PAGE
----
High Hopes from a Boring Sentence

On Sunday October 20, on Section B page 1 of the Waco Trib, a few paragraphs deep into a story with the headline, “Poverty Initiative Moving Forward is an innocuous little sentence that made my heart go pitter-pat. Here it is: “The city of Waco recently hired the W.J. Upjohn Institute to come up with a plan to address income and employment in Waco.” Bland as it may seem to you, I hope to be looking back on that statement in a few years cherishing it fondly as a significant milestone in our efforts to reduce the rate of poverty in Waco.

Here is why that boring little sentence sets my heart a-flutter:

Reason #1: It’s a sign we are taking a systemic look at our poverty situation. – We have a high percentage of people in Waco (around 30%) who live in households with very little income – too little to support the basic needs of the household. This has a negative effect on our ability to achieve our potential as a community. While I believe that there may be a huge element of personal behavior involved in why any particular person ends up in that situation, I also believe that when such a high percentage of residents are in that situation it’s time to look at the environment. In other words, when 5% of the fish are dying, you can make the argument that there is something wrong with the fish; when 30% of the fish are dying, it’s time to take a look at the lake. My high hope for this plan we have commissioned from the Upjohn Institute is that it is a sign that we are getting serious about looking at the lake.

Reason #2: It’s a sign that we are committed to using facts to inform our strategy. – One of my favorite concepts from the 2012 Poverty Solutions Steering Committee report is, “Our work together needs to be based on facts rather than speculation.” I understand that facts are not a magic wand and that we must not fall into the trap of “analysis paralysis, ” but I do believe in the power of information. Facts, skillfully collected and wisely considered, will help us make better decisions. According to their project proposal Upjohn intends to gather information about, among other things:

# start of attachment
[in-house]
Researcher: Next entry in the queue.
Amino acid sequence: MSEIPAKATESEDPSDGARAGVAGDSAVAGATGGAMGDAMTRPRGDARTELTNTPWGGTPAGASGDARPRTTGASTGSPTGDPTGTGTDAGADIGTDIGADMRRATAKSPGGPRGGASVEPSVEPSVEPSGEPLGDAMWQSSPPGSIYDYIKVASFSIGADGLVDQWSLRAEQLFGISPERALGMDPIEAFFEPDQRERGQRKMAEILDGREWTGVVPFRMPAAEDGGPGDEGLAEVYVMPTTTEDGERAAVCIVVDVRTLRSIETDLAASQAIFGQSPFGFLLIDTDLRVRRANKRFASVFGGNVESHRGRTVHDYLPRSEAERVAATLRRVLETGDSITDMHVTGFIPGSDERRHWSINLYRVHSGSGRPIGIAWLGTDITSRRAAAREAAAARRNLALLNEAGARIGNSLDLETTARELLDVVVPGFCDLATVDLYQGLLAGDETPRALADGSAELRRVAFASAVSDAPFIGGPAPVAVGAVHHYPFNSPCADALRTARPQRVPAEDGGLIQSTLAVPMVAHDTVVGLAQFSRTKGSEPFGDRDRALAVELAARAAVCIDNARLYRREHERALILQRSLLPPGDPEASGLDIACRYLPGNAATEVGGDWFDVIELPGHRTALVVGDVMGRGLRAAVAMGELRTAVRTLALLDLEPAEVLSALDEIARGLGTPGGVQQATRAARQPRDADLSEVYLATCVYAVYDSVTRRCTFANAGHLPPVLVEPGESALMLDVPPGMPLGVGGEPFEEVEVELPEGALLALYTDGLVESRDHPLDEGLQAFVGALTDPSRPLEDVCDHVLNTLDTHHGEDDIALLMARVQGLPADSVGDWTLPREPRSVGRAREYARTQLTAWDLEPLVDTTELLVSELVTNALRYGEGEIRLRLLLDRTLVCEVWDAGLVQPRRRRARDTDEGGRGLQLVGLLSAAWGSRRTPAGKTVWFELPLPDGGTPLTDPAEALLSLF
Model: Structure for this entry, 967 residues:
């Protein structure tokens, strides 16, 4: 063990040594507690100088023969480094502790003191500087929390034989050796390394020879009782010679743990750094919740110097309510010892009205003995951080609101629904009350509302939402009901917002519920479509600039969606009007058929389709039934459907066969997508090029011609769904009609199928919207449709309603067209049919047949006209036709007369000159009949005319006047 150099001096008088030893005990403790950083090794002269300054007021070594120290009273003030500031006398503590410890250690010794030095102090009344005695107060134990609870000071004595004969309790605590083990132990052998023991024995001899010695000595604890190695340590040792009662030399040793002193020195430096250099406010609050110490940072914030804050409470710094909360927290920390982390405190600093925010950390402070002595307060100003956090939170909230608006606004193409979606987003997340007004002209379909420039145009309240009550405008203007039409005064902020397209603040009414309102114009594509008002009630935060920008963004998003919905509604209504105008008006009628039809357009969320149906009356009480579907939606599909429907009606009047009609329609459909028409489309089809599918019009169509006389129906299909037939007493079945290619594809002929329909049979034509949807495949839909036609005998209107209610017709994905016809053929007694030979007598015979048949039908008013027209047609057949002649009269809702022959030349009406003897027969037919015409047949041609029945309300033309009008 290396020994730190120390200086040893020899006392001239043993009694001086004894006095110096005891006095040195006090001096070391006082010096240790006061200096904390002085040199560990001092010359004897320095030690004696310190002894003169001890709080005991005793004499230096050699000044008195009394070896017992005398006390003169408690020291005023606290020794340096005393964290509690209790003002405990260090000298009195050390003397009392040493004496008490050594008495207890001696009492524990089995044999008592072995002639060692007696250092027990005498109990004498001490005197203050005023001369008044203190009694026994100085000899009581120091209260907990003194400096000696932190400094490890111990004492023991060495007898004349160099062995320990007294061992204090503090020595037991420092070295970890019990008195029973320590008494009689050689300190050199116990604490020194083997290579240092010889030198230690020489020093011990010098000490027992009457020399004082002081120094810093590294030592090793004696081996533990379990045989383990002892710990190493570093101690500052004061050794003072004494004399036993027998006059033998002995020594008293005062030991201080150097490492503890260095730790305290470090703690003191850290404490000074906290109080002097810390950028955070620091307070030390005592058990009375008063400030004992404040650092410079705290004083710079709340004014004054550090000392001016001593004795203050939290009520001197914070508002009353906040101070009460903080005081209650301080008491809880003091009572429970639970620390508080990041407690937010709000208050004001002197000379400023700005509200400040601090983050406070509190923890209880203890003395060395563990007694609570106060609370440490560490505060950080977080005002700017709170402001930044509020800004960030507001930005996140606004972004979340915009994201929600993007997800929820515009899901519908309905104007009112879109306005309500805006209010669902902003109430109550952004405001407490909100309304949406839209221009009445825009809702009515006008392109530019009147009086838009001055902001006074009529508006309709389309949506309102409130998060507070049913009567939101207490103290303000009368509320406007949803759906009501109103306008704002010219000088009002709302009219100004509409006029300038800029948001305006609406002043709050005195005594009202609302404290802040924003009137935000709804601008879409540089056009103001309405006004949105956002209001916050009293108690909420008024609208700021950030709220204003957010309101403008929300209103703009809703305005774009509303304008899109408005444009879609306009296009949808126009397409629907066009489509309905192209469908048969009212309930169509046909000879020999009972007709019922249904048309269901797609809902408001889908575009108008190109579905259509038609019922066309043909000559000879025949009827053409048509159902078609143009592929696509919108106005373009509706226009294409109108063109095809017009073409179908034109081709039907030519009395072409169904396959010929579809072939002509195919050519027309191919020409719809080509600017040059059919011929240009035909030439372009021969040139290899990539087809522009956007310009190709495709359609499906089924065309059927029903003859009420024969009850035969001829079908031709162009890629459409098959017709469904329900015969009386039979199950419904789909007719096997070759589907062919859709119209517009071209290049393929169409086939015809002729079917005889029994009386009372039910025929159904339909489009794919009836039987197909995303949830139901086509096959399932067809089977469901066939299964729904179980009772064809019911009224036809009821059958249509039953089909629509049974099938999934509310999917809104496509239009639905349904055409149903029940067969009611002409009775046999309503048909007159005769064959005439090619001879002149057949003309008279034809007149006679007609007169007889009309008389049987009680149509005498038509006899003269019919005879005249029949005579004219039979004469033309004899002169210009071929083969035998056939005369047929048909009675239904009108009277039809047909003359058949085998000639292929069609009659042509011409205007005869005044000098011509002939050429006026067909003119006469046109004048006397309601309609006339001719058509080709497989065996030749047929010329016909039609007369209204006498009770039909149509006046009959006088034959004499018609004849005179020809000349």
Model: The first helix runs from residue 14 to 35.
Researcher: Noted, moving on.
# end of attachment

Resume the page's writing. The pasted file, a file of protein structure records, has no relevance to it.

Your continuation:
• Current economic and workforce trends in the city and surrounding areas and their potential impact on Waco,
  • Characteristics of unemployment, underemployment, and nonparticipation in the workforce,
  • The demand by industry for occupations by skill level,
  • Existing training opportunities for the city’s high-demand occupations,
  • the negative economic impact of poverty.

It is not a trivial exercise to collect this information, and I doubt we could do it very expeditiously without bringing in some hired help. I’m excited that this project will afford us the opportunity to, in a relatively short time, build a solid base of information to inform our strategy for moving forward.

Reason #3: I’m glad we are bringing in some outside perspective. – I have a deep respect for the brainpower that the people of Waco, especially our city leadership, have put toward the issue of reducing our rate of poverty, and one thing I particularly respect is that they have recognized the benefit of bringing in some ideas from the wider world. I didn’t know anything about the Upjohn Institute before reading their project proposal, but after reading the proposal and checking out their website, they look like rock stars to me. They have been studying employment and unemployment since 1945. The list of current and recent research projects on their website is long and wide-ranging, and the cities with whom they have worked stretch from coast to coast. I am looking forward to hearing how these years of practice and the expertise born from this experience can benefit us!

So, Welcome to Waco, Upjohn Institute! You can count me as one of your groupies! I’m excited to see you coming. I hope we pick every bit of useful information out of your big brains and put it to good use!

upjohn picIf you would like to learn more about this project, make plans to attend the Greater Waco Education Summit. George A. Erickcek, Senior Regional Analyst for the Upjohn Institute will be the keynote speaker at the dinner on Wednesday night, November 13. Hope to see you there!

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